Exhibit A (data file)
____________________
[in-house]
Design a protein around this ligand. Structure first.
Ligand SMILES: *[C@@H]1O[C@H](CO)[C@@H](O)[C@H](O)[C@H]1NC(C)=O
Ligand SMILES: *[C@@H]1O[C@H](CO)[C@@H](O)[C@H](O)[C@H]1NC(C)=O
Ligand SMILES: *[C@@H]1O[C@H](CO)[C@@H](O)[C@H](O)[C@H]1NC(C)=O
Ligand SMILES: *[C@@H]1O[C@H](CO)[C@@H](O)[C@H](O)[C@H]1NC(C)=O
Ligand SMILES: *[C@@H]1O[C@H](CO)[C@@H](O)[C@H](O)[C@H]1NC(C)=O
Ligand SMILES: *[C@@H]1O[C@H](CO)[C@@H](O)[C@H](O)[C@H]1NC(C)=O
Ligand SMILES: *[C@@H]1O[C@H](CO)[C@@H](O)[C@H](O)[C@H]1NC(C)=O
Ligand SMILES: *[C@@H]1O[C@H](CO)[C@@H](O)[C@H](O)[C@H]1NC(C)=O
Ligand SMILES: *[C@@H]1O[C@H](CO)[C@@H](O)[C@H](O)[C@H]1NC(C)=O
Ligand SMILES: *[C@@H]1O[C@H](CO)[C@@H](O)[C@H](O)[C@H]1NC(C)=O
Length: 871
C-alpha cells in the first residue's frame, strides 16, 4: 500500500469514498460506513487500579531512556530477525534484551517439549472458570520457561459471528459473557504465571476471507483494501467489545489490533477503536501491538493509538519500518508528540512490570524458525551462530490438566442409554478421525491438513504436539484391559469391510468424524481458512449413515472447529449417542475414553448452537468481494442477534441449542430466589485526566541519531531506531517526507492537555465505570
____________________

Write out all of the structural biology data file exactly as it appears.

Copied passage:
[in-house]
Design a protein around this ligand. Structure first.
Ligand SMILES: *[C@@H]1O[C@H](CO)[C@@H](O)[C@H](O)[C@H]1NC(C)=O
Ligand SMILES: *[C@@H]1O[C@H](CO)[C@@H](O)[C@H](O)[C@H]1NC(C)=O
Ligand SMILES: *[C@@H]1O[C@H](CO)[C@@H](O)[C@H](O)[C@H]1NC(C)=O
Ligand SMILES: *[C@@H]1O[C@H](CO)[C@@H](O)[C@H](O)[C@H]1NC(C)=O
Ligand SMILES: *[C@@H]1O[C@H](CO)[C@@H](O)[C@H](O)[C@H]1NC(C)=O
Ligand SMILES: *[C@@H]1O[C@H](CO)[C@@H](O)[C@H](O)[C@H]1NC(C)=O
Ligand SMILES: *[C@@H]1O[C@H](CO)[C@@H](O)[C@H](O)[C@H]1NC(C)=O
Ligand SMILES: *[C@@H]1O[C@H](CO)[C@@H](O)[C@H](O)[C@H]1NC(C)=O
Ligand SMILES: *[C@@H]1O[C@H](CO)[C@@H](O)[C@H](O)[C@H]1NC(C)=O
Ligand SMILES: *[C@@H]1O[C@H](CO)[C@@H](O)[C@H](O)[C@H]1NC(C)=O
Length: 871
C-alpha cells in the first residue's frame, strides 16, 4: 500500500469514498460506513487500579531512556530477525534484551517439549472458570520457561459471528459473557504465571476471507483494501467489545489490533477503536501491538493509538519500518508528540512490570524458525551462530490438566442409554478421525491438513504436539484391559469391510468424524481458512449413515472447529449417542475414553448452537468481494442477534441449542430466589485526566541519531531506531517526507492537555465505570